World Cup Theatre

23 06 2010

After viewing almost two weeks of World Cup football, the emotions and alliances of all at Mpala have experienced an unpredictable rollercoaster ride. The opening matches of the world’s largest tournament were slapped with painful reviews pinning the matches as dull and critiquing the start of the 2010 World Cup in South Africa as lifeless. Now, huge names like England and Germany are on the line as the top two places in groups C & D are completely dependent on the matches being played today. The atmosphere at Mpala is buzzing with continuous excitement. It doesn’t matter who is playing – each game is fervently talked about before, cheered on throughout, and analyzed after.

A week before the World Cup began, the researchers pooled together the funds to purchase satellite equipment and the sports channel subscription for the entire tournament. Reaching the goal of 20,000 KSh the day before the games began (phew!) the call was made to the satellite provider and soon a sparkling white satellite dish was situated on the roof of the dining hall. A white bedsheet was pinned and taped to the wall, a projector set up and within a few hours we had our own World Cup theatre.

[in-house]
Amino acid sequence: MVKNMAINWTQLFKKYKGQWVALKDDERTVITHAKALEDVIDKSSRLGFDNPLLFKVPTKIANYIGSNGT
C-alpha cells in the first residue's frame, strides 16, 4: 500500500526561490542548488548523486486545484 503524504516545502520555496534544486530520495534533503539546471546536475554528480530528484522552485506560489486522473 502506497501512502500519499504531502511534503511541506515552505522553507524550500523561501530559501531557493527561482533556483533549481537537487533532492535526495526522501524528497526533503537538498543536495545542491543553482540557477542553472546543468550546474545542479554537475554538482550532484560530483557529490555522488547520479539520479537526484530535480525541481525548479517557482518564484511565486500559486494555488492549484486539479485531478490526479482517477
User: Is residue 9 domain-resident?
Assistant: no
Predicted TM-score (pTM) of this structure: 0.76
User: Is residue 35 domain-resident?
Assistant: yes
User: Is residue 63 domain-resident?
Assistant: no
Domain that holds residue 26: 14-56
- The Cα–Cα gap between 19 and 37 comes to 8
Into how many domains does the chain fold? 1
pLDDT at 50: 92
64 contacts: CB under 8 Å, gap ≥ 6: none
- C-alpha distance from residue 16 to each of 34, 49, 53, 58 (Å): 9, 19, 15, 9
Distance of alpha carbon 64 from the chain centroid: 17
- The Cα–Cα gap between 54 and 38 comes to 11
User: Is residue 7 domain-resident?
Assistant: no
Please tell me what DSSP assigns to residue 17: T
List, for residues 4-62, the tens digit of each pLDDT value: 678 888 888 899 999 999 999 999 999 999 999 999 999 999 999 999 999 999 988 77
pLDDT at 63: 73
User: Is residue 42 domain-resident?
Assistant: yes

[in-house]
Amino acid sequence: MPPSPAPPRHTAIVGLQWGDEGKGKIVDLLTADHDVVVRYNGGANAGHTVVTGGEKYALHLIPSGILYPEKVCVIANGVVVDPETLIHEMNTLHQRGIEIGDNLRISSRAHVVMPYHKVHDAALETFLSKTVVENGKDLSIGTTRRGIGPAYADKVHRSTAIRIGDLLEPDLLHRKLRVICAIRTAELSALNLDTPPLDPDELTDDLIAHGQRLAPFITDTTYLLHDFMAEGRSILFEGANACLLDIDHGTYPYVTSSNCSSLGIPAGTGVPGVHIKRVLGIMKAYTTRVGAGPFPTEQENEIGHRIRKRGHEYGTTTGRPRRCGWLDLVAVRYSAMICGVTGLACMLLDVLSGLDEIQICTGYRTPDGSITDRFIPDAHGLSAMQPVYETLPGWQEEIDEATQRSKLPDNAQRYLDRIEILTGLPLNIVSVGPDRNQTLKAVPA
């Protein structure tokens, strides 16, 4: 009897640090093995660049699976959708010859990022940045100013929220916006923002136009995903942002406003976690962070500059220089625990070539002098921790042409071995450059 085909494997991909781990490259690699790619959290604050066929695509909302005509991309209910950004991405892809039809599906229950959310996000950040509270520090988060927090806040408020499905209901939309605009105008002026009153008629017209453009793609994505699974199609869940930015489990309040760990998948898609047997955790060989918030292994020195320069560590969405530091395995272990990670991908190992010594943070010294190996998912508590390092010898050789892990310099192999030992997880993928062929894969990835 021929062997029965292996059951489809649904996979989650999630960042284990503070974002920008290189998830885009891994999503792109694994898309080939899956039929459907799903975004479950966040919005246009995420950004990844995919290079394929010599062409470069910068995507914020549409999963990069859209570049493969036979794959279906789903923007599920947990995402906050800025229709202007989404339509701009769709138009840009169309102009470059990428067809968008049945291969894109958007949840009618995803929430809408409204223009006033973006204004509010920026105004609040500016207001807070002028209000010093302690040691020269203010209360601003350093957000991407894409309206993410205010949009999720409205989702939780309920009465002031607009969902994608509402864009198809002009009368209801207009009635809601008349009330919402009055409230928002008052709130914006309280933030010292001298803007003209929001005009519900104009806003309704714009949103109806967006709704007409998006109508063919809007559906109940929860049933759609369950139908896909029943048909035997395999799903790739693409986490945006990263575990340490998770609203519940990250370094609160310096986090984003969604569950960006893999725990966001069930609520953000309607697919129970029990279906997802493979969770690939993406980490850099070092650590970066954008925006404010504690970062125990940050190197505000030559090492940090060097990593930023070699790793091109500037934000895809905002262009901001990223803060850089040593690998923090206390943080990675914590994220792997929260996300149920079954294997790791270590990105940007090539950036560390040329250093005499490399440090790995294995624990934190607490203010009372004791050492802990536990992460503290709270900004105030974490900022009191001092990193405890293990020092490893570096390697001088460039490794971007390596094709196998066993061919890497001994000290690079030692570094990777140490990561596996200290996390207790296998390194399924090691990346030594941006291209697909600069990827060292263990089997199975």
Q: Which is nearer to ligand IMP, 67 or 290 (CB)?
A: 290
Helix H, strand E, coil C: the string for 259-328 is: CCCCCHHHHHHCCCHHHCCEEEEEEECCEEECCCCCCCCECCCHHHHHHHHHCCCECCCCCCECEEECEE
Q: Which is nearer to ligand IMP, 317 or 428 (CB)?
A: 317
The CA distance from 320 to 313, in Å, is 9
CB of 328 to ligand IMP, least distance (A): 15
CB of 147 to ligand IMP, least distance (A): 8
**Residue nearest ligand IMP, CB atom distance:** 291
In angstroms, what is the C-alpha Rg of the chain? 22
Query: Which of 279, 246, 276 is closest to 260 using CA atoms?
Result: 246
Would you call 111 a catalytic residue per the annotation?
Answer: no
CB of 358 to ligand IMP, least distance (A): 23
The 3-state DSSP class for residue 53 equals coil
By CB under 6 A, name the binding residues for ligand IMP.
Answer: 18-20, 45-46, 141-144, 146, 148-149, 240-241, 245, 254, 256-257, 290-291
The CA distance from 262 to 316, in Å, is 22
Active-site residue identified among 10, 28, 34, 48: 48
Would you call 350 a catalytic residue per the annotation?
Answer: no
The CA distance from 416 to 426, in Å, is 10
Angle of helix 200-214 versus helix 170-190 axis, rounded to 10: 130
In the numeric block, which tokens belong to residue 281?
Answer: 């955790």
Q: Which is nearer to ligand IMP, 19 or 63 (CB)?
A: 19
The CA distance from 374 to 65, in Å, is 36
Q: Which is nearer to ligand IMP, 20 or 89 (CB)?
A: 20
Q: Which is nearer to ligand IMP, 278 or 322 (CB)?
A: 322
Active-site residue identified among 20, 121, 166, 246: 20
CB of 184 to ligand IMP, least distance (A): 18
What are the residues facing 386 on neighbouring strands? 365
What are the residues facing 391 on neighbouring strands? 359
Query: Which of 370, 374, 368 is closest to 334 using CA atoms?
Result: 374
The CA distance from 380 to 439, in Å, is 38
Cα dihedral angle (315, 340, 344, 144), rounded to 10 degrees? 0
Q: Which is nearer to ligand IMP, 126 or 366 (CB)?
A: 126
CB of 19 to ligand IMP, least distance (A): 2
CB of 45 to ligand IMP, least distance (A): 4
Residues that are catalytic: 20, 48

Game 1 was quite an event. Without the Kenya national team making the tournament, the staff and families decided to cheer on their African neighbors. Whether it be Nigeria or South Africa, the audience at Mpala is louder than most rowdy bar crowds. Kenya is an hour ahead of South Africa so the games are played at 2:30, 5, and 9:30 p.m. After the day’s work is done, the 9:30 p.m games are perfectly timed. Every game has been packed with researchers, staff, family members and guests.

The England v. USA game was by far one of my most memorable events at Mpala. Everyone showed up to watch. When all the chairs were taken, people sat in front on the ground. When ground space filled up, standing room only was created in the back. The viewers’ support was split about 50/50 between the two teams so each goal was met with roaring cheers. However, I think the celebration after the US goal was a bit delayed – most were in shock.

Already at breakfast today the focus of conversation was on the US v. Algeria match being played at 5 pm. Algeria, proving to be a much more difficult obstacle than previously thought, has been the cause of concern for the many US fans. Predictions and player evaluations were made, bets set and then everyone dispersed to the offices and field to get as much work done before kick0ff.

It’s pretty awesome being in Africa for their first hosting of a World Cup. There is a definite sense of unity among the countries. I can only imagine how much more crazed it would be if Kenya had made the tournament… I’m pretty sure the country would have shut down.

The Mpala Theatre set-up at the dining hall

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